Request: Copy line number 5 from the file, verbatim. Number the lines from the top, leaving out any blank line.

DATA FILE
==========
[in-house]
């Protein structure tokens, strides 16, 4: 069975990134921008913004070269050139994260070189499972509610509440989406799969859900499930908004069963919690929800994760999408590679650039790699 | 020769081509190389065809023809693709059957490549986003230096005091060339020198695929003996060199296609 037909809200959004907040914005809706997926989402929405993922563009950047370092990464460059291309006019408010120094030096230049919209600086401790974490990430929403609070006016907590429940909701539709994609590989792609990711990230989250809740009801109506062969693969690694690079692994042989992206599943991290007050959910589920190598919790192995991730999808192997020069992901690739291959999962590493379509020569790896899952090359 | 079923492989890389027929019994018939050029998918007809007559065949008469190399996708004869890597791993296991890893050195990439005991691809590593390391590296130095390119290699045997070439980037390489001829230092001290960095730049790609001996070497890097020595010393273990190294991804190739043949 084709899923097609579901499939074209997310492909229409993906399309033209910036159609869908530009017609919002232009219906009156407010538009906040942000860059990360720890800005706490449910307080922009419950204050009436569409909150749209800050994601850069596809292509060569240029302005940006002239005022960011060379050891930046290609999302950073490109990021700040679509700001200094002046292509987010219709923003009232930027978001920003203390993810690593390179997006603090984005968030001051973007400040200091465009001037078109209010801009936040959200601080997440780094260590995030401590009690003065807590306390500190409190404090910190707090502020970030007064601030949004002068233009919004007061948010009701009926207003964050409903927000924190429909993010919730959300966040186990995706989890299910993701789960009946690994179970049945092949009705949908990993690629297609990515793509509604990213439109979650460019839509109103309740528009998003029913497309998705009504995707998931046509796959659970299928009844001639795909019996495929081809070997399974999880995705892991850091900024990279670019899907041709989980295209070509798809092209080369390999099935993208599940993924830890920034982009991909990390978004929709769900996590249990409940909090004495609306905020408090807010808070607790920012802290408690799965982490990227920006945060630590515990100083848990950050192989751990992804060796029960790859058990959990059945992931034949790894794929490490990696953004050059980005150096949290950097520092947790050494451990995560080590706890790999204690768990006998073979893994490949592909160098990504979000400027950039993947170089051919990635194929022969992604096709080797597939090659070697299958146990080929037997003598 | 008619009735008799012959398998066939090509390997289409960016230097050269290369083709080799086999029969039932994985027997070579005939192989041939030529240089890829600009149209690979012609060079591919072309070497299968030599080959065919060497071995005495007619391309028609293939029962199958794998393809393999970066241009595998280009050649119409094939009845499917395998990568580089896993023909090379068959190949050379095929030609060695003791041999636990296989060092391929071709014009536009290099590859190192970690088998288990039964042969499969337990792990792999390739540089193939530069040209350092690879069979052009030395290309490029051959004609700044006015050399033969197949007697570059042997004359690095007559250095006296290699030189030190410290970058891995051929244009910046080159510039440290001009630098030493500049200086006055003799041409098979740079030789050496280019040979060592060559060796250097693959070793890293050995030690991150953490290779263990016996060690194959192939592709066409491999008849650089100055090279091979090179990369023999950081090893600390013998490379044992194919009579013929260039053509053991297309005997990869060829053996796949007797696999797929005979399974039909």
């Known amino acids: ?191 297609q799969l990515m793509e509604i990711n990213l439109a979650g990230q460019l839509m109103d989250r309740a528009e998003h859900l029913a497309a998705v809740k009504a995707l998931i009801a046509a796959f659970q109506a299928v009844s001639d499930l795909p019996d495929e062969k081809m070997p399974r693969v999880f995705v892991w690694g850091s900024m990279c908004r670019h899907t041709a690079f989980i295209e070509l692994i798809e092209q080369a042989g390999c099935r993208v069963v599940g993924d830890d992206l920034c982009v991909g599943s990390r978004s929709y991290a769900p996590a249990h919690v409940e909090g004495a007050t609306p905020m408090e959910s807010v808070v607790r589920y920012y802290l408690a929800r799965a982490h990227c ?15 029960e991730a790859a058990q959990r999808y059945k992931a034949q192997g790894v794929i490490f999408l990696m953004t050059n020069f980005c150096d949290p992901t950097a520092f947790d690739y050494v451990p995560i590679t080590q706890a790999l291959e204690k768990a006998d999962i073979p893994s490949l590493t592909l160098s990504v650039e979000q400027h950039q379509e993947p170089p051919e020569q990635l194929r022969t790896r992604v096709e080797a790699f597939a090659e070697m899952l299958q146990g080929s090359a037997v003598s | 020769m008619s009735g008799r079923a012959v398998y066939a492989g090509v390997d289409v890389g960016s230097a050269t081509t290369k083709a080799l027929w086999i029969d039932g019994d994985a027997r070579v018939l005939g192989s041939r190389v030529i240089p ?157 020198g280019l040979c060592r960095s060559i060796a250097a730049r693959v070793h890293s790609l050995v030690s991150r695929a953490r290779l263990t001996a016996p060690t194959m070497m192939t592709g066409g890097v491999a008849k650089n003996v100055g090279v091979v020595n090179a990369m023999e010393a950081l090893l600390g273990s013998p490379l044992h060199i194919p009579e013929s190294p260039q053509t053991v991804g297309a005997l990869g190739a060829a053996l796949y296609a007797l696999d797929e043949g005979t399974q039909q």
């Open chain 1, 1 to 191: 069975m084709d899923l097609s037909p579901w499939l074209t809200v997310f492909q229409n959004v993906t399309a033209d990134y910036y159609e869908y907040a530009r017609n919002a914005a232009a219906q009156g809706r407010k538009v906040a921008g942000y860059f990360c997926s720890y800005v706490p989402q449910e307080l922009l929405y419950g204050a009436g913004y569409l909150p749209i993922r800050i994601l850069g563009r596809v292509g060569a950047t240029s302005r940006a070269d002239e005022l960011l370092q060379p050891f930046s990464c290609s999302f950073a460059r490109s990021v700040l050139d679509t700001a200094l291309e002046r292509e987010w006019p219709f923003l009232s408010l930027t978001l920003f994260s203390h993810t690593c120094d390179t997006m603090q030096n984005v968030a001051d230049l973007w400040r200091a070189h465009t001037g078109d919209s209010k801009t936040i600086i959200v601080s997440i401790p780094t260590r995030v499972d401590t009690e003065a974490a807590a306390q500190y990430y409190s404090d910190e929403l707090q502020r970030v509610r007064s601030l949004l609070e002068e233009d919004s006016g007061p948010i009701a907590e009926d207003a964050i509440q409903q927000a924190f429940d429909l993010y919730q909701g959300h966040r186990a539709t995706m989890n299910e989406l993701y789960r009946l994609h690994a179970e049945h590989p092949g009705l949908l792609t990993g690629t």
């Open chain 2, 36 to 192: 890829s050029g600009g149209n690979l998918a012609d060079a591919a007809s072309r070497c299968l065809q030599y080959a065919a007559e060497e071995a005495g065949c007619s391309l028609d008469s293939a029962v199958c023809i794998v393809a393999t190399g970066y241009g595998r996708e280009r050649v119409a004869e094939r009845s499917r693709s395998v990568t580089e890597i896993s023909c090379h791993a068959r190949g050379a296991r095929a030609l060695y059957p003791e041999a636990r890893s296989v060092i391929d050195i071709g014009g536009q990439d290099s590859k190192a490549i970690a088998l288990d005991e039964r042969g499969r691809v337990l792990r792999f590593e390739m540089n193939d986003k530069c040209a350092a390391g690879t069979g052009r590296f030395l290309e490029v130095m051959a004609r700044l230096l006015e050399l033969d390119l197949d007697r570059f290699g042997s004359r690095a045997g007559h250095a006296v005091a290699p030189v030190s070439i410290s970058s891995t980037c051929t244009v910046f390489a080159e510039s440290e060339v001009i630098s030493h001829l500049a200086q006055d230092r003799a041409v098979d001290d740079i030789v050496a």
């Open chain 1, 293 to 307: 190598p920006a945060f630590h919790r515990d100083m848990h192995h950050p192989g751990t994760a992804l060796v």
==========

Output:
């Open chain 2, 36 to 192: 890829s050029g600009g149209n690979l998918a012609d060079a591919a007809s072309r070497c299968l065809q030599y080959a065919a007559e060497e071995a005495g065949c007619s391309l028609d008469s293939a029962v199958c023809i794998v393809a393999t190399g970066y241009g595998r996708e280009r050649v119409a004869e094939r009845s499917r693709s395998v990568t580089e890597i896993s023909c090379h791993a068959r190949g050379a296991r095929a030609l060695y059957p003791e041999a636990r890893s296989v060092i391929d050195i071709g014009g536009q990439d290099s590859k190192a490549i970690a088998l288990d005991e039964r042969g499969r691809v337990l792990r792999f590593e390739m540089n193939d986003k530069c040209a350092a390391g690879t069979g052009r590296f030395l290309e490029v130095m051959a004609r700044l230096l006015e050399l033969d390119l197949d007697r570059f290699g042997s004359r690095a045997g007559h250095a006296v005091a290699p030189v030190s070439i410290s970058s891995t980037c051929t244009v910046f390489a080159e510039s440290e060339v001009i630098s030493h001829l500049a200086q006055d230092r003799a041409v098979d001290d740079i030789v050496a």